11. The course of the argument stress was laid on the difficulties which would arise if the jurisdiction claimed is taken to be conferred by the section. It appears to me that no construction of the section is altogether free from difficulties. On the one hand if the section is to be restricted to proceedings not involving the removal of a trustee, it may be said that although the suit is launched upon an allegation of breach of trust and a breach of trust of a serious nature requiring the removal of the trustee may be proved, the District Court or the High Court, as the case may be, will have to stay its hand and remit the parties to an inferior Court to obtain the proper relief. Again, it would seem strange that the Legislature should think it necessary to restrict to the High Court and District Court the jurisdiction in such simple matters as appointing new trustees, for although there may be a prayer for the settlement of a scheme the jurisdiction is complete notwithstanding that there is no such prayer. Again, seeing that for the Presidency Towns no amendment of the law was required, it is difficult to understand why the Advocate-General was mentioned and why an alternative jurisdiction was given to the High Court. On the other hand it may be objected that there being already a jurisdiction in the Mofussil Court to remove trustees an enactment giving jurisdiction to certain Courts only in the same matter would be anomalous. It might lead to the most inconvenient results if a suit could be instituted under the section in the High Court and at the same time another suit under the old procedure in a District Munsif’s Court. Passing from these considerations from which in my opinion no conclusion can safely be drawn, I come to consider the other enactments with regard to the same subject-matter which the Legislature had before them in 1877. In this country there was the Act of 1863 relating to religious endowments and containing the section already mentioned which gives a general jurisdiction to the Civil Court in the case of any breach of trust. In specifying the relief which may be granted, Section 14 expressly mentions the removal of the trustee or other person incriminated. If in 1877 it was intended to give the District Court a similar jurisdiction in suits launched by persons interested in non-religious trusts, and in the section as originally framed the words ‘or religious’ do not appear, it is difficult to understand why all mention of this important head of relief, the removal of trustees, was not mentioned.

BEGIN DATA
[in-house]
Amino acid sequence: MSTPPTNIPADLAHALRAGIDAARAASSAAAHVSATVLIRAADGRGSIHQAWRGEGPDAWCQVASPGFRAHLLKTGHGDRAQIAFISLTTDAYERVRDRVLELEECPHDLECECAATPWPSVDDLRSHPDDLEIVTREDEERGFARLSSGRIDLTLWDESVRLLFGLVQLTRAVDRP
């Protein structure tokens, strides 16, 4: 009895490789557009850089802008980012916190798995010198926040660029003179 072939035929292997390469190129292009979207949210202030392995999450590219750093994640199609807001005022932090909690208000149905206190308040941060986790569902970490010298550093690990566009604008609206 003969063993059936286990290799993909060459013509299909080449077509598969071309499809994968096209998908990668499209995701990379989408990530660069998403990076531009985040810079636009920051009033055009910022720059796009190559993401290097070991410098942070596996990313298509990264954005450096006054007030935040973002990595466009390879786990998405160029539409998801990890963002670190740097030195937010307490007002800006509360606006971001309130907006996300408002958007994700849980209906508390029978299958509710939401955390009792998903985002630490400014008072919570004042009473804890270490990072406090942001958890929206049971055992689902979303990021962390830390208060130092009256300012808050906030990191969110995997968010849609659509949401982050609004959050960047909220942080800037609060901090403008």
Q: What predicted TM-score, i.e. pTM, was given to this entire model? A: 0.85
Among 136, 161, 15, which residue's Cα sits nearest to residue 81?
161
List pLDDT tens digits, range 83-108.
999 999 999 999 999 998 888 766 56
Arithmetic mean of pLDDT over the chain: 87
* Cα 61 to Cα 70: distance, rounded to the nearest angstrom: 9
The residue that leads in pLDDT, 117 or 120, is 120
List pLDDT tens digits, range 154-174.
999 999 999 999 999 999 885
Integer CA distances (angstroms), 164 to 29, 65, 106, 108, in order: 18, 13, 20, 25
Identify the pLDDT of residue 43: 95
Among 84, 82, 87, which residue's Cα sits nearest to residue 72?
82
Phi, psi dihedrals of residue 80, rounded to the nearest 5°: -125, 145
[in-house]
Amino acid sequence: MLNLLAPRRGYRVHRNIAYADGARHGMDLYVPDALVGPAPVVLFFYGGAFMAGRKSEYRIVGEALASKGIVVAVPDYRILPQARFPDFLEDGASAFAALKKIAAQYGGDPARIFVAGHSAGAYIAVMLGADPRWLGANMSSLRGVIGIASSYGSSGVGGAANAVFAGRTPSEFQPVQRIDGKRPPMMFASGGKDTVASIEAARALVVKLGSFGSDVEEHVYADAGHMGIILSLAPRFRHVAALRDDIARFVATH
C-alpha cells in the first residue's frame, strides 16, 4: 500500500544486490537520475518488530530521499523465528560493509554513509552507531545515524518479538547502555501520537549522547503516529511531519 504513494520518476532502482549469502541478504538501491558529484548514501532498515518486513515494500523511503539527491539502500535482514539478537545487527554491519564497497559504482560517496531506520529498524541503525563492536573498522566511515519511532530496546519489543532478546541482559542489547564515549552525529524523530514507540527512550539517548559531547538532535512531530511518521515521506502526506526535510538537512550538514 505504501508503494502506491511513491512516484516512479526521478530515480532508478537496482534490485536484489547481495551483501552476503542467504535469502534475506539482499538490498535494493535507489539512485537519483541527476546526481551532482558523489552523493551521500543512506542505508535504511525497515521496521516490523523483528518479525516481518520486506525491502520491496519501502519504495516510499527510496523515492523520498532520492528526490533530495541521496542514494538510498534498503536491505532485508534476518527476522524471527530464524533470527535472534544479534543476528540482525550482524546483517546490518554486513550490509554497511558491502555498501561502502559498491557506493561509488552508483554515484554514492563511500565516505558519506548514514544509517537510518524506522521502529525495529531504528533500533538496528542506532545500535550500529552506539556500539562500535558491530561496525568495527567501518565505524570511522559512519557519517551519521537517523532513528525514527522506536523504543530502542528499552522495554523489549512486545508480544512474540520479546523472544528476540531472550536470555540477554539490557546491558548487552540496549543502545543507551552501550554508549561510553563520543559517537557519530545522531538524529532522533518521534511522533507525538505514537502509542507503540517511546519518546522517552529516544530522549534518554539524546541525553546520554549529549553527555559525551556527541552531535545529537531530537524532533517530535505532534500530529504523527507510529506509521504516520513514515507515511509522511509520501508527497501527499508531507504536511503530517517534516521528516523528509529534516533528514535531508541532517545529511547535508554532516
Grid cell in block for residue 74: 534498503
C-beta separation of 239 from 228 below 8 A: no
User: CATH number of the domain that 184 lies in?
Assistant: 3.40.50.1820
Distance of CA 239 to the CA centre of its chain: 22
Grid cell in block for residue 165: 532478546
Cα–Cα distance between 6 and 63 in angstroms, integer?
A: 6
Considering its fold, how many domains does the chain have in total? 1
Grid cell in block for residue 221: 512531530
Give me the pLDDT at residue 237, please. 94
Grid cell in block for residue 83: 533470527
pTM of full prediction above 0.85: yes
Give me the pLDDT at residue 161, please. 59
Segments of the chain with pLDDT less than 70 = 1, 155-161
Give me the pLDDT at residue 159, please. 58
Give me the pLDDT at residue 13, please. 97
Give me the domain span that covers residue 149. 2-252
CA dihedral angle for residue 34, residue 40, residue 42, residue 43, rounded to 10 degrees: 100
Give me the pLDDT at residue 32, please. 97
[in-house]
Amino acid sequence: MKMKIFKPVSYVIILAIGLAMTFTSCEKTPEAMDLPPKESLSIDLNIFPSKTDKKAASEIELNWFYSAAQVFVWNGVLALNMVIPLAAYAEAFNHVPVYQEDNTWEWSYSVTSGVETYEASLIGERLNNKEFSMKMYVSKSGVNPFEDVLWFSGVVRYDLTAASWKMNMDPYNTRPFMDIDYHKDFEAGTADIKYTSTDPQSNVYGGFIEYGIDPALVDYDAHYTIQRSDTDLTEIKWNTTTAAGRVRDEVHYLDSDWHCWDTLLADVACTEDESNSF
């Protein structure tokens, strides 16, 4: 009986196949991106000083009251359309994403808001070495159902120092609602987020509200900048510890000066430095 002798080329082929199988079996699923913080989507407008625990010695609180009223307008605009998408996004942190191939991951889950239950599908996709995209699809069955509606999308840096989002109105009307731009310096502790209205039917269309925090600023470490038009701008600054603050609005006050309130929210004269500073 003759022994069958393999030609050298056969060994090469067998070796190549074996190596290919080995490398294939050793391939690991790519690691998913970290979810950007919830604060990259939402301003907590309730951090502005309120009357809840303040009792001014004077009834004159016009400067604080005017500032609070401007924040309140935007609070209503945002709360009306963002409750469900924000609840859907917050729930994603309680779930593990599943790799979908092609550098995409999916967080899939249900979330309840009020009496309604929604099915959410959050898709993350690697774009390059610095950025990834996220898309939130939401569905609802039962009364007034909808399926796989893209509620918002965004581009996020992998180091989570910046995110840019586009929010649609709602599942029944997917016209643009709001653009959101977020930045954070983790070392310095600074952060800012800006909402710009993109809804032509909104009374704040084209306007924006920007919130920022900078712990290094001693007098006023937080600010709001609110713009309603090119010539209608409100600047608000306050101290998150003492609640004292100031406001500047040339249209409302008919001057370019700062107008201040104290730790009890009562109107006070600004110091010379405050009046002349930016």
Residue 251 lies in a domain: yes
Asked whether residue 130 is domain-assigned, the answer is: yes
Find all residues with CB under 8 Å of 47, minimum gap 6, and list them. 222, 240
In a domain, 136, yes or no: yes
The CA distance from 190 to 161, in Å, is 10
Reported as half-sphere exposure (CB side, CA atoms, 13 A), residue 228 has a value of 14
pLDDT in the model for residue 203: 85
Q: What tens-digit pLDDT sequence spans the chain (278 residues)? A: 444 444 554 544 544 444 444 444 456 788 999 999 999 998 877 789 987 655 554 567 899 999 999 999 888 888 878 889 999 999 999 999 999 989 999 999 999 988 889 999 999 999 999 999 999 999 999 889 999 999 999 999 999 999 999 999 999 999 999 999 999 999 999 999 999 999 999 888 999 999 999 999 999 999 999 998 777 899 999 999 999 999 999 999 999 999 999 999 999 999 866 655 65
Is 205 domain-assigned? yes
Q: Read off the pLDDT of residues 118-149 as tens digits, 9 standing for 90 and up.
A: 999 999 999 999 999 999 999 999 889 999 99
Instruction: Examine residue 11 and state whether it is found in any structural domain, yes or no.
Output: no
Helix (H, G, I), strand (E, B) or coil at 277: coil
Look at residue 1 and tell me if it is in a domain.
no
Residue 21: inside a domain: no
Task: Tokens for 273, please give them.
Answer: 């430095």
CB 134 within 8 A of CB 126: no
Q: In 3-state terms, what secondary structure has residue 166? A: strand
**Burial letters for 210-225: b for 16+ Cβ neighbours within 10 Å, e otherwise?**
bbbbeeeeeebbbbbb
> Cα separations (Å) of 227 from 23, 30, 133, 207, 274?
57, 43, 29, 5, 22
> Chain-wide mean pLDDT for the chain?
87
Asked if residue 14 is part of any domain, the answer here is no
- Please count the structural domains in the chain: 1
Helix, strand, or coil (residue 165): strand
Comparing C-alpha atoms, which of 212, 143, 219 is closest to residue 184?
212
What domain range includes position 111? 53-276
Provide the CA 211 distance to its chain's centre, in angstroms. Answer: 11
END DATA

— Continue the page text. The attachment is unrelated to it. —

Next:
12. It is clear, however, that the language of the section was not borrowed from the Act.of 1863 and that it was in part borrowed from the statute of George III known as Sir Samuel Romilly’s Act. That being so, we are bound to have regard to the interpretation which has been put upon the latter Act–and the more so inasmuch as it appears that the decisions upon the statute are in a measure reproduced in the section of the Code. It is true that the circumstances under which legislation was required in England and in India were widely different. In England the ordinary mode of obtaining redress with regard to charities being by way of information exhibited by the Attorney-General, what was required was not a forttm or a new jurisdiction but a new mode of invoking the aid of the Court. The statute is entitled “An Act to provide a summary remedy in cases of abuses of trusts created for charitable purposes” and it enables two or more persons to proceed by petition praying such relief as the nature of the case might require.
13. In this country what was required at least for the mufussil was the creation of a new jurisdiction. The chapter does not state that the jurisdiction is to be summary (compare title of chapter XXXIX) and I cannot agree that it was intended that the proceeding being by suit should have that character. See per Weir, J. in Subbayya v. Krishna I.L.R. 14 Mad. 216). Notwithstanding these distinctions which may be drawn between the two enactments, I think we are bound to construe the language of chapter XL in the light of the decisions on the statute, so far as they are applicable to that language. The statute was from the outset held not to be applicable to cases in which the hostile removal of a trustee is required (see cases collected in Lewin on Trusts and Daniell, Ch. P., cap. XXXVIII) and a further Act had to be passed in 1853 (16 and 17 Vic, cap. 137), empowering the Court under certain circumstances on application made to order the removal or appointment of any trustee. When it is found that the Legislature with those statutes and the decisions on them and also with the Act of 1863 before them omitted all reference to removal of trustees, the inference seems to me irresistable that that matter was not intended to be brought within the scope of the chapter. General words, it is true, are used similar to those used in the statute, but those words must be read with the words that go before and cannot be taken to include a distinct and substantive head of relief. In my opinion a jurisdiction to remove trustees as it is not given expressly by the chapter is not given by necessary implication, and therefore the question referred to us must be answered in the negative.
14. In accordance with the opinion of the Full Bench, we must hold that the suit is not maintainable in the District Court. The plaint ought to have been returned. We must modify the decree accordingly. The appellant must pay the costs of appeal.